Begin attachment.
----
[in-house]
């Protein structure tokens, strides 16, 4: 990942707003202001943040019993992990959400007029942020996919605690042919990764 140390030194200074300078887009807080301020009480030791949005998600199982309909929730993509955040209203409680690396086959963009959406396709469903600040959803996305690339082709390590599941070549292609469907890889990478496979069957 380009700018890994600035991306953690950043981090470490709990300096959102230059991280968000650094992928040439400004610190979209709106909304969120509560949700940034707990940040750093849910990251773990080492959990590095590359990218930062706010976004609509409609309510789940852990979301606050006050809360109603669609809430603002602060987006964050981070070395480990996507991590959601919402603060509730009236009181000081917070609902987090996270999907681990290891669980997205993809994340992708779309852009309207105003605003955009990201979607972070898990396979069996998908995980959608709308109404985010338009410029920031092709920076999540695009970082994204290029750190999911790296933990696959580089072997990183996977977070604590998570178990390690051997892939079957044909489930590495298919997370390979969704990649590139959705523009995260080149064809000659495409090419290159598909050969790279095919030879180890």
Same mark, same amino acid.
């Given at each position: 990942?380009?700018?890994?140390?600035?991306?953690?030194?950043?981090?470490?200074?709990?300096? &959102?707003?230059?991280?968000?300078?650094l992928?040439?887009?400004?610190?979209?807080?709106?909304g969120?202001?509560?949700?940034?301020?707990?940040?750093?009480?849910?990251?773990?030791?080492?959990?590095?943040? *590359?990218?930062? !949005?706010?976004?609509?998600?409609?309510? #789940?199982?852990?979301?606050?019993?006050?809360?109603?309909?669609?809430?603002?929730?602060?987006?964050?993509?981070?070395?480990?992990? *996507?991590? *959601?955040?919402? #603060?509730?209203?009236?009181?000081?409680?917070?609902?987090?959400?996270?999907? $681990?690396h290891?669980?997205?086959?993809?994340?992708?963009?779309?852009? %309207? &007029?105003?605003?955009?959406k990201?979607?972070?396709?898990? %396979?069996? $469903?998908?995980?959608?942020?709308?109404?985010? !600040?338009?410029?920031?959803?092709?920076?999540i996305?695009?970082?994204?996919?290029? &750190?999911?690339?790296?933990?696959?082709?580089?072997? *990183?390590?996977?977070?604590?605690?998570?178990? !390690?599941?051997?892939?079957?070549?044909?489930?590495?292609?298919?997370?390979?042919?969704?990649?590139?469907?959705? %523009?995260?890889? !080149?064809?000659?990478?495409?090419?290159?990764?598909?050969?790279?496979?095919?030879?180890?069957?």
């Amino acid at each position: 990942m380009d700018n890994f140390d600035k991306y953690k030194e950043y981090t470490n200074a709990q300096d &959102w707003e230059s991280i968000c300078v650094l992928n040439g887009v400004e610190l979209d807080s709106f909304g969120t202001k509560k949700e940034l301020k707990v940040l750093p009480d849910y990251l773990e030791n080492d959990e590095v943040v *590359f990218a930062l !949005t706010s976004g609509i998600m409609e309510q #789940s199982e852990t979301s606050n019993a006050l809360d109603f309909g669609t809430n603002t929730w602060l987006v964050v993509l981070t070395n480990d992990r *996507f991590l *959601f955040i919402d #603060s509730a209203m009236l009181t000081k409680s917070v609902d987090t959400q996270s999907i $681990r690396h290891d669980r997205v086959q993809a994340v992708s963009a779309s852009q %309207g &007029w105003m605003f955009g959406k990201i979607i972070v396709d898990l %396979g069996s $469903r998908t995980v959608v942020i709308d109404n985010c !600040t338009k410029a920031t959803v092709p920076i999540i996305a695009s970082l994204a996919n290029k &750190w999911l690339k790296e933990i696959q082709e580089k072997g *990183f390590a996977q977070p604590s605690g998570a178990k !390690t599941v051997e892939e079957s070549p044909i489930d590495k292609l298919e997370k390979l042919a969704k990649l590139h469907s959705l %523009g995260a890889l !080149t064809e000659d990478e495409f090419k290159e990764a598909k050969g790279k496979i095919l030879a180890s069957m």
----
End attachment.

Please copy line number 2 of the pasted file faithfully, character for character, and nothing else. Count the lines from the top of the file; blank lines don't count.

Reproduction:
């Protein structure tokens, strides 16, 4: 990942707003202001943040019993992990959400007029942020996919605690042919990764 140390030194200074300078887009807080301020009480030791949005998600199982309909929730993509955040209203409680690396086959963009959406396709469903600040959803996305690339082709390590599941070549292609469907890889990478496979069957 380009700018890994600035991306953690950043981090470490709990300096959102230059991280968000650094992928040439400004610190979209709106909304969120509560949700940034707990940040750093849910990251773990080492959990590095590359990218930062706010976004609509409609309510789940852990979301606050006050809360109603669609809430603002602060987006964050981070070395480990996507991590959601919402603060509730009236009181000081917070609902987090996270999907681990290891669980997205993809994340992708779309852009309207105003605003955009990201979607972070898990396979069996998908995980959608709308109404985010338009410029920031092709920076999540695009970082994204290029750190999911790296933990696959580089072997990183996977977070604590998570178990390690051997892939079957044909489930590495298919997370390979969704990649590139959705523009995260080149064809000659495409090419290159598909050969790279095919030879180890």